New review finds drug, device study results affected by funding source

An updated and expanded review of clinical research papers on drugs and medical devices finds that industry-sponsored studies are more likely to lead to favorable results, including reports of greater benefits and fewer harmful side effects.

The analysis of 48 published studies, covering conditions ranging from heart disease to psychiatric illnesses, also found that industry-funded papers were more likely to report conclusions that were inconsistent with their own results sections.

The article, “Industry sponsorship and research outcome,” is co-authored by Lisa Bero, PhD, a faculty member in the UCSF School of Pharmacy’s Department of Clinical Pharmacy. It was published in the December 12, 2012 issue of the Cochrane Database of Systematic Reviews. Bero co-directs the UCSF-based San Francisco branch of the U.S. Cochrane Center.

As a follow-up to a 2003 analysis also co-authored by Bero, the new paper looked at more than double the number of studies, used more stringent methodology, and added medical device studies.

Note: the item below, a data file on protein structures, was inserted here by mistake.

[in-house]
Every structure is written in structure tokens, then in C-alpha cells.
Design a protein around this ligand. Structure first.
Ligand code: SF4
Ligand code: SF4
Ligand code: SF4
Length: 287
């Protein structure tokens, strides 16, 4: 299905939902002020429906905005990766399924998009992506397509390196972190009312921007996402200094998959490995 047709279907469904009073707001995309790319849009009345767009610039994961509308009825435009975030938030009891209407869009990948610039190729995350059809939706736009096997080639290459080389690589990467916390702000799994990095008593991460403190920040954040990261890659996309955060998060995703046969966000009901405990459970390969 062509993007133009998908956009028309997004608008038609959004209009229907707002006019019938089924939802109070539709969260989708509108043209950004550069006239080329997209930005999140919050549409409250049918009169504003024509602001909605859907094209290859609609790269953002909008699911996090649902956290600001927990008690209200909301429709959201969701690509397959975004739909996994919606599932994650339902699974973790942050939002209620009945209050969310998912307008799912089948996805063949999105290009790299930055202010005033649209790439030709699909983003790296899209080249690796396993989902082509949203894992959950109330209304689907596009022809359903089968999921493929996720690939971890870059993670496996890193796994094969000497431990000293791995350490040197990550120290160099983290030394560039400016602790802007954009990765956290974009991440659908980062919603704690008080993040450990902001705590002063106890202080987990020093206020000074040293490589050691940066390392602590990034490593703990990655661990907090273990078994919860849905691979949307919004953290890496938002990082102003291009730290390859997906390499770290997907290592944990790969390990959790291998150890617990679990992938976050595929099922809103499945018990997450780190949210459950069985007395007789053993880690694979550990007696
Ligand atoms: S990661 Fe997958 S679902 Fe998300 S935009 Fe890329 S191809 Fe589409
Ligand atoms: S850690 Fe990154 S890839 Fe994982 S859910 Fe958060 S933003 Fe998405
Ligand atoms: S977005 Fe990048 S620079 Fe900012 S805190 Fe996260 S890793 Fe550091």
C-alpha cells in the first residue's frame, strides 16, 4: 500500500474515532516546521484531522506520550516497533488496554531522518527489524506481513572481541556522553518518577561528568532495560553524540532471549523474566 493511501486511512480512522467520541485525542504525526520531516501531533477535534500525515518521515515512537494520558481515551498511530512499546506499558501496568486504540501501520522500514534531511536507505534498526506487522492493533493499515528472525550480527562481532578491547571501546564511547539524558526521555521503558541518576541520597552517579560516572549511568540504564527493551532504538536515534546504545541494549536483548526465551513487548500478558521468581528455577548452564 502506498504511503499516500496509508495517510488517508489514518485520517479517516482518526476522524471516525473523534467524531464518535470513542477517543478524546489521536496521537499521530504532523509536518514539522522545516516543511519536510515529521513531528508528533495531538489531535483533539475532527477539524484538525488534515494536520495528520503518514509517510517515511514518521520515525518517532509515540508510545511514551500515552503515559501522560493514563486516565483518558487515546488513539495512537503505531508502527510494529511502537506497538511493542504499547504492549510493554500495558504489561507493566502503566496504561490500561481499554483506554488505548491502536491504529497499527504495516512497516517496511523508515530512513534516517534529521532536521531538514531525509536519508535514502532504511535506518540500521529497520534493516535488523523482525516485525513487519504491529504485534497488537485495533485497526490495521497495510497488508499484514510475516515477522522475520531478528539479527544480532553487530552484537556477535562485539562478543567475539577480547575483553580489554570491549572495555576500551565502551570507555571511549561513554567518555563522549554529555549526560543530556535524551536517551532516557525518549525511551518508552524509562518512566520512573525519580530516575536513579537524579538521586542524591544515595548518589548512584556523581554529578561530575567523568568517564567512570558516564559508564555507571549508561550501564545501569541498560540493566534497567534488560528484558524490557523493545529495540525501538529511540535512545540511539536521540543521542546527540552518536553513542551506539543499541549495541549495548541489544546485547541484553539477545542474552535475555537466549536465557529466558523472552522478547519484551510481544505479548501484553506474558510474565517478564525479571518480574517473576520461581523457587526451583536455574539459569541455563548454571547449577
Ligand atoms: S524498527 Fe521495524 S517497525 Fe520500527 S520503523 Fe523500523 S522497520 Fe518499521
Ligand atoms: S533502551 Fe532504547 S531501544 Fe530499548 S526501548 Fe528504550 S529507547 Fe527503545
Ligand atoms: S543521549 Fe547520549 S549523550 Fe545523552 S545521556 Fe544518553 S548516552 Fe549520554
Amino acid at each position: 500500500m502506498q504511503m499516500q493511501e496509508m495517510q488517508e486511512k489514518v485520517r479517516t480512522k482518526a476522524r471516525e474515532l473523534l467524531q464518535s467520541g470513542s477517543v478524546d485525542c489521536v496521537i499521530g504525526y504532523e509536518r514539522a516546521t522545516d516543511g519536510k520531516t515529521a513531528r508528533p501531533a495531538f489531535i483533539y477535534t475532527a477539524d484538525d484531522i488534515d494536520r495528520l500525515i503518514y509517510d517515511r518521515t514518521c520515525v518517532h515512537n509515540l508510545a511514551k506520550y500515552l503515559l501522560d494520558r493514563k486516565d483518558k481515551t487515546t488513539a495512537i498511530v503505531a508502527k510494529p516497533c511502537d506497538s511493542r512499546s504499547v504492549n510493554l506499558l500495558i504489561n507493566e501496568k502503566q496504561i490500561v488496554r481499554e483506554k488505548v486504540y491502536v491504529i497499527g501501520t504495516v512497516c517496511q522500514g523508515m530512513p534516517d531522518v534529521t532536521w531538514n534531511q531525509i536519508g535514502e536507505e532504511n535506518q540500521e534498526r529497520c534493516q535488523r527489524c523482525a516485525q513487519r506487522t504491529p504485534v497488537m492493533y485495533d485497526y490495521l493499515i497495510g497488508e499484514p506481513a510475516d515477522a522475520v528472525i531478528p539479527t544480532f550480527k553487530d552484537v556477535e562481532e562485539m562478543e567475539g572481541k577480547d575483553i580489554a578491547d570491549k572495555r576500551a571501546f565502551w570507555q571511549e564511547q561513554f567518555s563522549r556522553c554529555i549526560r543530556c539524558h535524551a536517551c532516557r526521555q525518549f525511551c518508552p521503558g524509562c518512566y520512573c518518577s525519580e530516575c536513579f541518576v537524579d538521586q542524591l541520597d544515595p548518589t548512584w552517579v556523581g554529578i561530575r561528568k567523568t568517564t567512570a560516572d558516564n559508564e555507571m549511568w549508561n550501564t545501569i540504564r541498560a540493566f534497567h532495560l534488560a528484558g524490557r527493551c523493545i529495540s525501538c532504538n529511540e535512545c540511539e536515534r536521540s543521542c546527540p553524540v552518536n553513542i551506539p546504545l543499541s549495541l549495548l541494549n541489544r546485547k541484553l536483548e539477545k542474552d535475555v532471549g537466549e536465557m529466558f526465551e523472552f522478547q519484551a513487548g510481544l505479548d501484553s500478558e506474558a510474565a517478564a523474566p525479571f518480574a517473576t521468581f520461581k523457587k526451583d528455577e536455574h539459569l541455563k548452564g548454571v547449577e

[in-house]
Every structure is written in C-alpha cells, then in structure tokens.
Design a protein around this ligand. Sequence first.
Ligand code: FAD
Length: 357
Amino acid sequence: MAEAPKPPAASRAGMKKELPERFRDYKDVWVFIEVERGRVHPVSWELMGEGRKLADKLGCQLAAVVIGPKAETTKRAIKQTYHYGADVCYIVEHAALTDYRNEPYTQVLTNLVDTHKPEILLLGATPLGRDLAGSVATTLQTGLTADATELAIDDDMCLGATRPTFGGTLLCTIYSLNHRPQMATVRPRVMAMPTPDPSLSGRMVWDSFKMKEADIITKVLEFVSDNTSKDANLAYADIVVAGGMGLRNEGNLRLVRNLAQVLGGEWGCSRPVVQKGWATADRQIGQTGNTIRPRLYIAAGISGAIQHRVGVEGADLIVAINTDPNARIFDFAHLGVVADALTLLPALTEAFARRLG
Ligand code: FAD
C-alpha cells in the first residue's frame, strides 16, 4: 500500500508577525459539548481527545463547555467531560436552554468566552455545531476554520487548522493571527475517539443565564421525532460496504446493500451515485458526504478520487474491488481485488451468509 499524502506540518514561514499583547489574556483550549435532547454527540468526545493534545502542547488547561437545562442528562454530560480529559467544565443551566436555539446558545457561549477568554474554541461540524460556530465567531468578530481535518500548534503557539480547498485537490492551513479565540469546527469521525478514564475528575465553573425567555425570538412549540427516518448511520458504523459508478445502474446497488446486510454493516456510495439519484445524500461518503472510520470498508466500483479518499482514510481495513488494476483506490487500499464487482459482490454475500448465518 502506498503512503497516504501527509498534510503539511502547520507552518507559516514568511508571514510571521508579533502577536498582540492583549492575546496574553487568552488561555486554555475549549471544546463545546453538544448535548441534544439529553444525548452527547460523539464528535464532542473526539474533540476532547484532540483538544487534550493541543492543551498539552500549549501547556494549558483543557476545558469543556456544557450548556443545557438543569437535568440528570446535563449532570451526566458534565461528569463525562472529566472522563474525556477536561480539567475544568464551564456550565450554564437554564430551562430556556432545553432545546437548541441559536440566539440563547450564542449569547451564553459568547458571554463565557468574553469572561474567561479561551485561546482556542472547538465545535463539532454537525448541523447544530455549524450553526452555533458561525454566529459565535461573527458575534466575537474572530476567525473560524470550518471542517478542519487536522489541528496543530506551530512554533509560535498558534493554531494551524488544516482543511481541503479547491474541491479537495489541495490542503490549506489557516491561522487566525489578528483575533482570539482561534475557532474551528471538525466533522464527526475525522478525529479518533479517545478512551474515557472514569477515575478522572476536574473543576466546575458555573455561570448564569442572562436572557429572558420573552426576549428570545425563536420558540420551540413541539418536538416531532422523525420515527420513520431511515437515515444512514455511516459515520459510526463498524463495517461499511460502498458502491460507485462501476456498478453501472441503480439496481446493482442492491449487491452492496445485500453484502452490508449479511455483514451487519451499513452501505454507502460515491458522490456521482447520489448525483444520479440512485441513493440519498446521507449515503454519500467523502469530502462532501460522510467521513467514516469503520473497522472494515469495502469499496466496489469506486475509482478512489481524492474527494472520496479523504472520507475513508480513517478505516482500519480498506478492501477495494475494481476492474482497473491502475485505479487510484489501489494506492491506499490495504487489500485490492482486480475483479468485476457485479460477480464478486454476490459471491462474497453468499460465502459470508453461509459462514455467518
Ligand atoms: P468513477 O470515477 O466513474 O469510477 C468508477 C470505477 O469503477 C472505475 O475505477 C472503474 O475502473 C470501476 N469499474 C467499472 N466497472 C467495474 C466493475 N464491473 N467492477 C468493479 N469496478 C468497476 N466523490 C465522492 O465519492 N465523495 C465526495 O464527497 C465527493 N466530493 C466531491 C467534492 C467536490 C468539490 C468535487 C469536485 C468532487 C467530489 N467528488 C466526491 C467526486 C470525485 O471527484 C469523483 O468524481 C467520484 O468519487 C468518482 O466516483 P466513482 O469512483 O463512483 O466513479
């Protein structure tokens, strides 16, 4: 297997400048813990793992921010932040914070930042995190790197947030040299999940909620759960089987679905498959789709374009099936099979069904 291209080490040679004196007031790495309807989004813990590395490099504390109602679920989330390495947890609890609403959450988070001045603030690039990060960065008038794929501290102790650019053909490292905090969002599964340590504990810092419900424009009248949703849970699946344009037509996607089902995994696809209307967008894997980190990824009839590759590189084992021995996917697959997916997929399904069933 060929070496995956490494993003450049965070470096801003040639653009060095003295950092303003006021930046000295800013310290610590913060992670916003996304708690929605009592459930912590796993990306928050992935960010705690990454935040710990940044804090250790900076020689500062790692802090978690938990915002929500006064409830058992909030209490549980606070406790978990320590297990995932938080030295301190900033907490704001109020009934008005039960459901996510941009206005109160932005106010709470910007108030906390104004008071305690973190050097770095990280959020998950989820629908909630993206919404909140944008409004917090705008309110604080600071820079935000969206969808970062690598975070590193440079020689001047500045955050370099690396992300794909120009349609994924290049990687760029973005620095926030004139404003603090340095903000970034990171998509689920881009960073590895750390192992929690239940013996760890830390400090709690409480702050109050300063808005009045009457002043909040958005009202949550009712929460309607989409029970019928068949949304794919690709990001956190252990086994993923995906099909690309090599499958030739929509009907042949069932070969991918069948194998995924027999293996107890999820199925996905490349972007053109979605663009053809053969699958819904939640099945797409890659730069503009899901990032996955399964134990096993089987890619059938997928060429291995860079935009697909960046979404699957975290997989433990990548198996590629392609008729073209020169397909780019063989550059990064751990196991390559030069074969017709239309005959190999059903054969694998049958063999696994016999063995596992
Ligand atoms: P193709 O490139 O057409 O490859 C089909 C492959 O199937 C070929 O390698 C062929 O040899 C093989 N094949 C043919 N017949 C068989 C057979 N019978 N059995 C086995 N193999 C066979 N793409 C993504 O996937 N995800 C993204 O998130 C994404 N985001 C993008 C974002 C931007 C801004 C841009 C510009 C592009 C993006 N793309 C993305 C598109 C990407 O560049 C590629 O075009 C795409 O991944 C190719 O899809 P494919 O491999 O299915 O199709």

Industry Funding Changes Study Results, Research Shows

About the School: The UCSF School of Pharmacy is a premier graduate-level academic organization dedicated to improving health through precise therapeutics. It succeeds through innovative research, by educating PharmD health professional and PhD science students, and by caring for the therapeutics needs of patients while exploring innovative new models of patient care. The School was founded in 1872 as the first pharmacy school in the American West. It is an integral part of UC San Francisco, a leading university dedicated to promoting health worldwide.